Women Executives Tout Resilience and Leveraging Opportunities as Keys to Growth
Female executives in accounting and other industries have made great strides over the years, but to reach the corporate board or partner level and actually stay there requires resilience and the ability to leverage new opportunities, say speakers at the Women’s Leadership Conference on Oct. 27.
The webinar, organized by the Pennsylvania Institute of CPAs (PICPA), featured speakers from accounting firms, industry and academia who discussed ways that female CPAs and accounting and finance professionals can strike a balance between grueling work schedules and family, keeping up on networking and career development.
Own Your Career
It’s important to have control over one’s career and agenda, according to Christina M. Reger, Esq., founding partner of the Law Offices of Christina Reger, and a speaker at the event. As she explained, often the best opportunities can come from rerouting one’s career. For example, instead of feeling stuck in an unsatisfying job, one can reroute to teaching or take that current role and make it into that dream job. “Own your own career. My passions today are the same as they were 25 to 30 years ago,” she said. “When those passions are the same, the likes and dislikes are the same, but there are things that you learn about yourself over time, and sometimes you won’t learn them about yourself until you actually experience that.”
One’s life goals change when events change, such as getting married, having children, divorce, job termination or illness. A key point to consider, she said, is that the executive is not “abandoning ship” simply by switching course. Making a job work in the current lifestyle — with kids and/or other responsibilities — is just as important as the original goals, she maintained: “Where you reach those crossroads in your career, when you say, ‘Something doesn’t feel fulfilling’ is when to switch.” And the decision does not mean one has to abandon being an accountant, she added.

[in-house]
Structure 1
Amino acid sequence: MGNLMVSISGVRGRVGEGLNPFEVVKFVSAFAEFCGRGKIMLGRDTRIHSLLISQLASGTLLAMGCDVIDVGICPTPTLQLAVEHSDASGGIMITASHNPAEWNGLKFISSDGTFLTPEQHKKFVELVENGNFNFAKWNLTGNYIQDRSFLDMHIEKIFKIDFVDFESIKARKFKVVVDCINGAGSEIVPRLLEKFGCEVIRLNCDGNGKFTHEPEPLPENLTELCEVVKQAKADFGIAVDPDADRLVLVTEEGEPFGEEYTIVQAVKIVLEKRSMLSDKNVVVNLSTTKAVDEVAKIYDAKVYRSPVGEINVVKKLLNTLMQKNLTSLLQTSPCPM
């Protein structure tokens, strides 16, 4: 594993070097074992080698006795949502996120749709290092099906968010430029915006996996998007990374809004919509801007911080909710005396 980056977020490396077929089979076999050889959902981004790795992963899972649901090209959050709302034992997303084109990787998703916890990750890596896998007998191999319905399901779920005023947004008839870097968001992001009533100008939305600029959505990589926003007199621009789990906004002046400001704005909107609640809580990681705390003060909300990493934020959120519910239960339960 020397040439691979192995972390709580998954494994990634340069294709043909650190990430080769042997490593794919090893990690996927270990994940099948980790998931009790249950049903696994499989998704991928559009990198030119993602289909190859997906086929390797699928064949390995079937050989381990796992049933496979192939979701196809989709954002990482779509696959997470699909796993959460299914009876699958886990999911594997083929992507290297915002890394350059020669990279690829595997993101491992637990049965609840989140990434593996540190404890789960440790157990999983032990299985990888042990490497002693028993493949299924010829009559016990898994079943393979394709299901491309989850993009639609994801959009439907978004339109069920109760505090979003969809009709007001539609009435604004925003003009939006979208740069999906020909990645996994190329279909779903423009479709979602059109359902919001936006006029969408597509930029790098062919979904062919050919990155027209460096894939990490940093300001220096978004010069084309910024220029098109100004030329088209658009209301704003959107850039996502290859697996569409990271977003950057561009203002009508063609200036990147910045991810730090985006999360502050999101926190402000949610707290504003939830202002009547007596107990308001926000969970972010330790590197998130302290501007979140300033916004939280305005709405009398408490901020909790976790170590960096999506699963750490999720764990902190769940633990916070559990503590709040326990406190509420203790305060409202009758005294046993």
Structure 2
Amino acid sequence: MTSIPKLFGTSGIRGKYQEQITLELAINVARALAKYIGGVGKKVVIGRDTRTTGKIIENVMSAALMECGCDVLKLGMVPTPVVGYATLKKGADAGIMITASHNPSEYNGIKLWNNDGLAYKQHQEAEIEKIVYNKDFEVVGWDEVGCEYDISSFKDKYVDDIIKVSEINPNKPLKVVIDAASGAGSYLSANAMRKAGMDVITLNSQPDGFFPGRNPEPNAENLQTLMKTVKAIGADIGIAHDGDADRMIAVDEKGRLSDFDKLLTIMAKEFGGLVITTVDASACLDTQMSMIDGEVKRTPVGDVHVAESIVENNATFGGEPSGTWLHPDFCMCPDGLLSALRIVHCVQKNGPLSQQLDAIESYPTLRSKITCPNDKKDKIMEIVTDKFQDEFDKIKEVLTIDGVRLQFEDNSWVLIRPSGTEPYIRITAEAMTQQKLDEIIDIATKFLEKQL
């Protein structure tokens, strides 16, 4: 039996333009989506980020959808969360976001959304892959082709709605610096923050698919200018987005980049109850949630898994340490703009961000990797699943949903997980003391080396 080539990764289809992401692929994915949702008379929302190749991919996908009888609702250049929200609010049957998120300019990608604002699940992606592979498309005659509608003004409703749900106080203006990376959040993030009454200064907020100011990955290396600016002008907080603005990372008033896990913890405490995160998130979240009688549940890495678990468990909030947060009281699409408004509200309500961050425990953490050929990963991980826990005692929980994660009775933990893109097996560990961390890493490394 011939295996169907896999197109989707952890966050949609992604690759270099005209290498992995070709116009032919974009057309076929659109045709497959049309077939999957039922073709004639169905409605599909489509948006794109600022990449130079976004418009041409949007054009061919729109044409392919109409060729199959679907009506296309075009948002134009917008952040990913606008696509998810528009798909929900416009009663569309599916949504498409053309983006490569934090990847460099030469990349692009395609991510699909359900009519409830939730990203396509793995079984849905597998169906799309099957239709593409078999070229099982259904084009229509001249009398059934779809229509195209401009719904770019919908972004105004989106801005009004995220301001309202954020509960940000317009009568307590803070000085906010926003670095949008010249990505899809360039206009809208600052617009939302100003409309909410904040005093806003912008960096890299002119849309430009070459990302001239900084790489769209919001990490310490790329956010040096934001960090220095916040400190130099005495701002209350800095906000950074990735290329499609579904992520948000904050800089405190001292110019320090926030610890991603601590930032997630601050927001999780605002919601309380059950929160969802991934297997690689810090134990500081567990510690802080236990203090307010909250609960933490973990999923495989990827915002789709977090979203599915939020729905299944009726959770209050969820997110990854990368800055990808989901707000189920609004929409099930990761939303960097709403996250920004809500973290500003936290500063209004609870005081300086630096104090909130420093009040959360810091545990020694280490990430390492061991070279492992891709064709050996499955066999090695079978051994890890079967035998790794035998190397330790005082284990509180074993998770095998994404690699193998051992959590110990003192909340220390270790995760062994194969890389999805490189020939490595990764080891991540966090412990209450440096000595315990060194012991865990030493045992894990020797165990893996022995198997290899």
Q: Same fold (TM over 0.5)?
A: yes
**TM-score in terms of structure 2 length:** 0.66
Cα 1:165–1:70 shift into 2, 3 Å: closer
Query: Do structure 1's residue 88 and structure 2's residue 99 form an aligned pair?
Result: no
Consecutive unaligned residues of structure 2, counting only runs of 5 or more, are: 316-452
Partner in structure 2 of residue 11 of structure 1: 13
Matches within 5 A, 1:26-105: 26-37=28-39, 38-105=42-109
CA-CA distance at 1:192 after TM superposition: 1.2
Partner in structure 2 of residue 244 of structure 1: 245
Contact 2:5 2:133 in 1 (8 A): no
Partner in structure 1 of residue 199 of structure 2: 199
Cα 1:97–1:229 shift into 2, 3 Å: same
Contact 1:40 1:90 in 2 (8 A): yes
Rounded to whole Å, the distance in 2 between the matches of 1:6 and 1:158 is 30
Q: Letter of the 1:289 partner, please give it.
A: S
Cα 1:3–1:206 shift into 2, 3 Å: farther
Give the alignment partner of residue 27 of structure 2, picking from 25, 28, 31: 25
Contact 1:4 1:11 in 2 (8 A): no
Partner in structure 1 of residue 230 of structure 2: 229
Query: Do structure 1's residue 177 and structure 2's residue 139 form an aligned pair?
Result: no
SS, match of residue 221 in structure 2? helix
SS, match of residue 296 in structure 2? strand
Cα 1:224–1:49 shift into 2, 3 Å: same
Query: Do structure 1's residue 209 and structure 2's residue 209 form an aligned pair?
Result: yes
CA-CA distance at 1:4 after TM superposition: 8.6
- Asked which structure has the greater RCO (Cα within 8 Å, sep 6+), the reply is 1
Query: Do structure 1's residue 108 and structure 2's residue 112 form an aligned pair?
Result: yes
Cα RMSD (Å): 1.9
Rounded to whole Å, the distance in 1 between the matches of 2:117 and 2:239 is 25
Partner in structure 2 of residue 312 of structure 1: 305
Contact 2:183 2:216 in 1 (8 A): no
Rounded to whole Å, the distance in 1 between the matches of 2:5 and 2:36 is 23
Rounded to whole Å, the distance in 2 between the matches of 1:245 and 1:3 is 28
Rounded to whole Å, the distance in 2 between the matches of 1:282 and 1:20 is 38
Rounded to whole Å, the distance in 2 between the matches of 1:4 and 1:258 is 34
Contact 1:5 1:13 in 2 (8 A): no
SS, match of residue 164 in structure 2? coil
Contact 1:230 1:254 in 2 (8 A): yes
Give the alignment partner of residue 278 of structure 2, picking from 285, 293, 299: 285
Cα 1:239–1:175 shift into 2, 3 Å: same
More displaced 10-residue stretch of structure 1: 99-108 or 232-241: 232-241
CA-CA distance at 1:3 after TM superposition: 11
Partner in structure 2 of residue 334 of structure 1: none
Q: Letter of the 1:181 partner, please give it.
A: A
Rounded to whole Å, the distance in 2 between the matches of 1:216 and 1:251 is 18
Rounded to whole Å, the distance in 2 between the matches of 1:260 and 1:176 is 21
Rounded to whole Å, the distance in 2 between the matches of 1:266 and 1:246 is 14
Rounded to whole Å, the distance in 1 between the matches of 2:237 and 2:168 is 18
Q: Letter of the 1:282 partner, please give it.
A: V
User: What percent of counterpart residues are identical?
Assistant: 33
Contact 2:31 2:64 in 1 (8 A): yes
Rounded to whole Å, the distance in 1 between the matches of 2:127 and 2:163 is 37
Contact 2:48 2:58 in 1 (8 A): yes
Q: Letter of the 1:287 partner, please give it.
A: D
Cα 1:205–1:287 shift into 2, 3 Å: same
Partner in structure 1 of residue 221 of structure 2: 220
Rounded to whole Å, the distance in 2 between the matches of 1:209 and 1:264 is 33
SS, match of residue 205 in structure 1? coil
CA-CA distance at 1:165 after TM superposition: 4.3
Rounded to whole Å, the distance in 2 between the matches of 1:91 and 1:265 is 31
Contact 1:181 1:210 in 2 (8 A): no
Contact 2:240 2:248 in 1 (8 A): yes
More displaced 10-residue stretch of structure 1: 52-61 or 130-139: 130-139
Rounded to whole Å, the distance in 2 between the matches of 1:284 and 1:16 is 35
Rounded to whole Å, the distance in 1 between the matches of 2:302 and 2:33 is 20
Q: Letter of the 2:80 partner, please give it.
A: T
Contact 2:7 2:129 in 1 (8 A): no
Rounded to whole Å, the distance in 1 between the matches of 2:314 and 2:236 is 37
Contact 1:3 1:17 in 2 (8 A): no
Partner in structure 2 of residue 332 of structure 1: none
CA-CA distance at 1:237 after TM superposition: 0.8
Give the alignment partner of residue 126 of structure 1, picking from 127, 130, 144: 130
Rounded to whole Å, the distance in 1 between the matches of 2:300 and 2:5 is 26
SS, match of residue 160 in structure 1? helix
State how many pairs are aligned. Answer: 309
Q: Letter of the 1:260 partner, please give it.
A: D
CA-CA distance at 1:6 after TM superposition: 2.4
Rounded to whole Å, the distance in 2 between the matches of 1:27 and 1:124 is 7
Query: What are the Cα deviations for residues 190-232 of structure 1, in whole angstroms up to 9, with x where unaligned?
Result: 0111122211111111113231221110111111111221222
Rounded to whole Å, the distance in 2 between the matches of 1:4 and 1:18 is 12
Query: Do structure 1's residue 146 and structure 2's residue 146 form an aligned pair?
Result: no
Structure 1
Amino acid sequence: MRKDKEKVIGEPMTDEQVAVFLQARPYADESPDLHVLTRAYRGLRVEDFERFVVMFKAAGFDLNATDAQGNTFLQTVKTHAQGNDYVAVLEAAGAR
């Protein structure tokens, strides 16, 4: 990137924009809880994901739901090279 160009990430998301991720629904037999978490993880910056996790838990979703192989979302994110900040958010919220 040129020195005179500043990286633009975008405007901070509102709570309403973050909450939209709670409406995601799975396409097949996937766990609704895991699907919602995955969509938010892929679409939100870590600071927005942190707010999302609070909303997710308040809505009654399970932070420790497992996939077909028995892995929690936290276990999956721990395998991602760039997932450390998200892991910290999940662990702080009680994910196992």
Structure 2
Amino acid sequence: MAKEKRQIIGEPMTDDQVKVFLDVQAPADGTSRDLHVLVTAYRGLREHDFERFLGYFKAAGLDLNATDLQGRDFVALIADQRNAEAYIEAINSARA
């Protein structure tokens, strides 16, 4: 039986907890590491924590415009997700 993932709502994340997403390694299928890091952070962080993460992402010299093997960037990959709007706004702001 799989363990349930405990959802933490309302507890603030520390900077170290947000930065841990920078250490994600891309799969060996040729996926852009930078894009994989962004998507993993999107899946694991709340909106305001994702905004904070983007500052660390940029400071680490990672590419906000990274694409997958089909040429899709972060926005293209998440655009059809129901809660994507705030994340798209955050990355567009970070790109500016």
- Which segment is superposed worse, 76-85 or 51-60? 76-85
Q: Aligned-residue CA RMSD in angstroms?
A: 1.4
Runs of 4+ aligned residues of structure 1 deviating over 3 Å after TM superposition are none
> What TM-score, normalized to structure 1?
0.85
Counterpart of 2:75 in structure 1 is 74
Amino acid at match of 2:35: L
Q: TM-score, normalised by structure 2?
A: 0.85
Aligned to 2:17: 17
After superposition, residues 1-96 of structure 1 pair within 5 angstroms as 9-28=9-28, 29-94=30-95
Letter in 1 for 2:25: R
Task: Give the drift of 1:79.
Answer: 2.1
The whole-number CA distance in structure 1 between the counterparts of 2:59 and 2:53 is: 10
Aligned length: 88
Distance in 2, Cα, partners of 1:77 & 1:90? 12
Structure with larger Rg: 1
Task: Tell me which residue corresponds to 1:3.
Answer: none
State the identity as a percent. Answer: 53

Women especially need to understand it’s acceptable to take career risks and not doubt those choices, she added, noting that “as women, we are our own worst critics. Women often stay in jobs that are safe, rather than take a leap in our career.” This should not be the case, she explained, since statistically, women make up 60 percent of the accounting profession today and earn more bachelor’s degrees than men.
Passing the Torch
Mentoring is important for anyone’s career, but it is perhaps a crucial component of career advancement for women. “If you are really happy with where you are working and you want to accelerate at the company, you probably want to find a mentor…if you are looking to get out of the industry you are in, it makes sense to find someone who can help you access a new network,” said speaker Fran Hauser, media executive and author of The Myth of the Nice Girl.
But when selecting a mentor, it’s best to have a good relationship with that mentor before you ask them for assistance. It’s not wise, she warned, to ask someone to be a mentor without having a relationship already; that must come first.
As women move from entry level to management, and senior management to chief executive levels, their percentages decline precipitously, said speaker Kathleen Hamm, former member of the Public Company Accounting Oversight Board (PCAOB). Indeed, Hamm noted that in the 2020 Fortune 500 List, only 37 out of the top 500 CEOs in the U.S. (7.4 percent) are women. Though those numbers are the highest they have ever been, that’s a telling sign that women need to be more represented, she said. Similarly, she refers to a 2017 American Institute of CPAs (AICPA) survey, which revealed that only 22 percent of CPA firm partners are women.
As Hamm explained, there are real impediments for women moving into management and seeking leadership roles. These include conscious and unconscious bias and structural issues with how families operate since women are so often the primary caretakers for children and aging parents. Amid COVID-19 challenges in particular, women are primarily responsible for overseeing their children’s remote education and are the main ones considering either reducing hours or leaving the workforce compared to men, she said. “Given the enormous challenges women face at home, it is not surprising that more mothers are considering this than fathers.”
And, women of color have an added burden with some inequities revealed from the pandemic, she added. “We are at an inflection point where we might potentially lose women leaders and future women leaders,” which, she noted, could undermine diversity and inclusion efforts at businesses and organizations.
What’s needed to assist women to remain in the workforce? More work flexibility, according to Hamm and others on the webinar. “We need businesses to accommodate family responsibility at workplaces and retain women and other employees who have been historically underrepresented.”